Income to Mortgage Ratios in the new Banking System???

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Submitted by DoJC on February 25, 2008 - 9:04am

I was recently reading that in CA the ratio of household income to mortgage loan was at 12:1 for a while until the tires came off, and they've lowered to 11.1:1 recently. (That's to say that banks would loan a person with $100k in income $1.2M before, and $1.11M recently) These figures leave me with some pretty serious questions:

1. What has been the ratio of any loans you've heard about in the last two months? Any first, second, or third hand accounts of income to loan ratios?

2. What is the ratio banks will allow from now on?

I ask as all this relates to buying a home in CA, how far the prices fall, and when is a good time to buy. For example: if the new ratio is closer to as low as 4:1, or even 6:1, I see some REALLY serious problems coming down the pike for CA. I've printed, and am reading through, the California Budget Project report titled: Locked Out 2008: The Housing Boom and Beyond. In it we find that in Orange County the median income is $70,232, while the median home price is 625k. That comes out to be nearly a 9:1 ratio. San Diego County is also pretty bad off, but slightly better than OC. There we find a median household income of $59,591, and a median home price of $470k. That is a slightly more manageable 8:1 ratio.

So, what does this mean to us? Here’s my take on some potential outcomes:

1. People are going to have to come up with some serious down payments that are large enough to reduce the loan to the proper ratio, or they won’t be able to buy a home.

2. Home prices will have to drop considerably more than they already have. Talks of 25% are a good start, but with a 6:1 ratio any of the more exclusive and/or expensive neighborhoods are suddenly going to go from stagnant in the sales department to something even more glacier/ice age-like

3. Banks, while taking MASSIVE losses due to other bad loans and recent past mistakes, are going to have to take another set of massive risks and start giving loans at much riskier ratios of 10:1, or even 11:1. Not likely due to a certain instinct for self-preservation that will, in a Pavlovian way, cause them to shrink back from risk like a child who just stuck a needle into an electrical socket.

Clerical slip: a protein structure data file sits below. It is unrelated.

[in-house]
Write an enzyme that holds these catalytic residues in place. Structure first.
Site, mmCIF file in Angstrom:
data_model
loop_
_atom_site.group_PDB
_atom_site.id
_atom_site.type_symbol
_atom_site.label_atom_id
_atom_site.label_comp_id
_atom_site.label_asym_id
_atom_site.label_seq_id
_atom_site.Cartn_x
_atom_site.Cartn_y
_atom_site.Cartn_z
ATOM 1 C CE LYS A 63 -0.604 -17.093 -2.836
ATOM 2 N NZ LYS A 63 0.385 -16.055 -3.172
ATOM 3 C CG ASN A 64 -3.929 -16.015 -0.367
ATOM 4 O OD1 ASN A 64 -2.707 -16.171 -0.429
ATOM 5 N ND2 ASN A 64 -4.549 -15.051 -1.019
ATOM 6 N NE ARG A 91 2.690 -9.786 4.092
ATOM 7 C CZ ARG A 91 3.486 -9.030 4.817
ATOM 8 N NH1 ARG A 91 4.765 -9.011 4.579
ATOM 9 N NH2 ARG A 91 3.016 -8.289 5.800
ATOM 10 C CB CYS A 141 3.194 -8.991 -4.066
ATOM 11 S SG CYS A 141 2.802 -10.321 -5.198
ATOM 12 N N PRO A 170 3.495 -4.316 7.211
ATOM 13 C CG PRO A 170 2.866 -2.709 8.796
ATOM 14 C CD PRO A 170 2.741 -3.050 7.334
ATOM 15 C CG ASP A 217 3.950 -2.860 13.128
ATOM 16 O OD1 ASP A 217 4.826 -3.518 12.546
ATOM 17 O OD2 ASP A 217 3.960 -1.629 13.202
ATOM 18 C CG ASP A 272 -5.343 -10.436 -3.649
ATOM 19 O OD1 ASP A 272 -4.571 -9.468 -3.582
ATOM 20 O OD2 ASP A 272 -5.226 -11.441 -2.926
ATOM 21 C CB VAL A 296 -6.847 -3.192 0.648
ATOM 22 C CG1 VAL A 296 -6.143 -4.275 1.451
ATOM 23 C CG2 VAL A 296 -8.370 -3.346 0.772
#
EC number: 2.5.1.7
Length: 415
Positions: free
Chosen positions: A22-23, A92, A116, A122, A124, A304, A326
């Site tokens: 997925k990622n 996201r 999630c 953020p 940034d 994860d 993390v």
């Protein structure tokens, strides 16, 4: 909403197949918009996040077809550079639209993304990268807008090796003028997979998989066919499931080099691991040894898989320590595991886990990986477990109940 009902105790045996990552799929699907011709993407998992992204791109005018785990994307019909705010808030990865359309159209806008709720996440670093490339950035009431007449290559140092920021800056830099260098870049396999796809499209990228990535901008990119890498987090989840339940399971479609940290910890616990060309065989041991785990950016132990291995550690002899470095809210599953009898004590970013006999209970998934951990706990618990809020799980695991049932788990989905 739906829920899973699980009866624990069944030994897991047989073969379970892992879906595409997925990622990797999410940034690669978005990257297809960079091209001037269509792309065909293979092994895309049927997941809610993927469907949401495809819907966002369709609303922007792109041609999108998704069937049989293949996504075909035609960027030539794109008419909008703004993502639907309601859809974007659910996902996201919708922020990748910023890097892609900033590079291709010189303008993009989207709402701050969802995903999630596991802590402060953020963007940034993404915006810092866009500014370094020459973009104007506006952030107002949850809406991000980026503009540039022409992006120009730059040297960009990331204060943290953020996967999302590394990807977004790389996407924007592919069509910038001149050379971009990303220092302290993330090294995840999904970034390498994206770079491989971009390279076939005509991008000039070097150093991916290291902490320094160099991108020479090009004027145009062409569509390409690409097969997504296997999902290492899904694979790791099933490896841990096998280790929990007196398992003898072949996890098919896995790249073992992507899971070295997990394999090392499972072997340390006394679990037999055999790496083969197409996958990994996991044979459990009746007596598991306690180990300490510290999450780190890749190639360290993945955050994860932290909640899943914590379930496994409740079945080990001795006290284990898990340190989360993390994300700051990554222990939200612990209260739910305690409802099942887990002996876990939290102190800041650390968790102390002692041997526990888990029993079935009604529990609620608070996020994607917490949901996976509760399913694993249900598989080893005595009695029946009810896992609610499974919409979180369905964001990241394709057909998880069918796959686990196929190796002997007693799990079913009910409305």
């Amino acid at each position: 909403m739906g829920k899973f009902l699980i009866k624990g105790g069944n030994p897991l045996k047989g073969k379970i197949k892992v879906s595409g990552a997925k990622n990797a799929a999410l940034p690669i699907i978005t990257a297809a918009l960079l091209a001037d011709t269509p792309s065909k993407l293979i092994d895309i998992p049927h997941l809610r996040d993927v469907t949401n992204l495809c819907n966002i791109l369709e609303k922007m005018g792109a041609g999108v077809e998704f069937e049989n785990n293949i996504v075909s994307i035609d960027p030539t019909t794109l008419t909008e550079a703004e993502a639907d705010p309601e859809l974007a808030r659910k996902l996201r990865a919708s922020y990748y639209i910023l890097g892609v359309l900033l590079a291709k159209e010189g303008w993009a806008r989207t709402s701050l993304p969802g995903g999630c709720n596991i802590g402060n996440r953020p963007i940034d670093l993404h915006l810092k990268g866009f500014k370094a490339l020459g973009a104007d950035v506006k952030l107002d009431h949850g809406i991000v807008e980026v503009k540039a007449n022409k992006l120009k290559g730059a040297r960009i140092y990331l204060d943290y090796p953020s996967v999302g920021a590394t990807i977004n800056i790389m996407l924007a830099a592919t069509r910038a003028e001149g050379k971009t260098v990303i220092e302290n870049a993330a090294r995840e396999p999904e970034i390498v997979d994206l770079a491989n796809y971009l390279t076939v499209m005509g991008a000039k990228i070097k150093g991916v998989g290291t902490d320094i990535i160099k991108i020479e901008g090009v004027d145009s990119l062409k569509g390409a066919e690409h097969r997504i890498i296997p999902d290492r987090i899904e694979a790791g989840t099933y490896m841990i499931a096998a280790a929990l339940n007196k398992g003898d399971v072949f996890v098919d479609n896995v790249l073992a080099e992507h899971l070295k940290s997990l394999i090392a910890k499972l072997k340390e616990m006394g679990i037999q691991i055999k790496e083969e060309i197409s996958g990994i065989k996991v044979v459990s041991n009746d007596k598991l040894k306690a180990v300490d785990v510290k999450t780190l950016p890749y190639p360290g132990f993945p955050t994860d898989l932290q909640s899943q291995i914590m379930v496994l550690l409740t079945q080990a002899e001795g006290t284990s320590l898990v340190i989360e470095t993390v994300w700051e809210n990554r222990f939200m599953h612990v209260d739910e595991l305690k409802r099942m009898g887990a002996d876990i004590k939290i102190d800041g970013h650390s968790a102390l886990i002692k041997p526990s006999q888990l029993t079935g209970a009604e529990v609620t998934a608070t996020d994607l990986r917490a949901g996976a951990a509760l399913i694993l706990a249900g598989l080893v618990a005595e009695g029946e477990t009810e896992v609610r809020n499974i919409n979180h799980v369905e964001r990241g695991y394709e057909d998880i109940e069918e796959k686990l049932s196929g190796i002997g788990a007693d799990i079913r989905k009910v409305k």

4. Some combination of #1 & #3 – banks will increase their ratios in CA once the home prices stabilize some, and will require at least 10% on all loans with a high ratio, with a push for closer to 20% whenever possible.

Any thoughts on this? Please post general information on ratios if you're uncomfortable using real figures. It would greatly help the flow of info and ideas.

Submitted by vizcaya on February 25, 2008 - 12:42pm.

The ratio that I approved on was 1 to 3.75. Or a mortage of 300k loan from a 80k annual salary. For me, I would not want to try to go any higher than that ratio. We have to be able to live, and enjoy life. It would suck to be a slave to your house.

Banks will be forced to bring those ratios down, otherwise people will continue to goto into default.

Submitted by HLS on February 25, 2008 - 2:17pm.

DOJ, you've got some really bad info.
Loaning $12 on $1 of income was never possible.

Nobody on earth approves loans based solely on annual income, and there was never a time that even 10:1 was a measure.

Borrowers are qualified on gross income vs. total monthly debts, (minimum payments) including mortgage, property taxes, hazard insurance, HOA fees, credit cards, car payments, school loans, child support/alimony etc. Usually only monthly debts that are on a credit report are used.

The higher your income, the more disposable income you should have.

There is no exact ratio, but up to 60% of gross income is not impossible.
It's more debt than I recommend, but many people don't want to listen.

Lenders will approve people for more debt than they should take on.

Median numbers mean absolutely nothing, and are misleading.
Median income earners don't buy median priced homes.

Your "potential outcomes" are the kind of misleading projections that the media loves.

Submitted by Ex-SD on February 25, 2008 - 3:09pm.

I haven't had a mortgage in over 20 years and never had a HELOC. My wife and I are extremely conservative with our money and when we bought homes with a mortgage, we never bit off more than about 25% of our income for a mortgage payment. I've seen too many people lose their jobs, get divorces, have medical hardships, etc. and I always had the mindset that I wasn't going to ever let a house put me in a financial bind. When we lived in SD, we eventually owned our primary residence and a really nice second home that we rented out......we owned both free and clear. My point is that many financial genius's will tell you to leverage, leverage, leverage...............but leverage can easily land you in the poor house. Use common sense when getting a mortgage.

Submitted by Deal Hunter on February 25, 2008 - 5:19pm.

Debt to income ratios cannot be considered in a vacuum in today's credit market. I work in loan advocacy (mostily in loan mods for now) and in commercial lending. There has been a MAJOR shift in approval considerations away from income/debt ratios.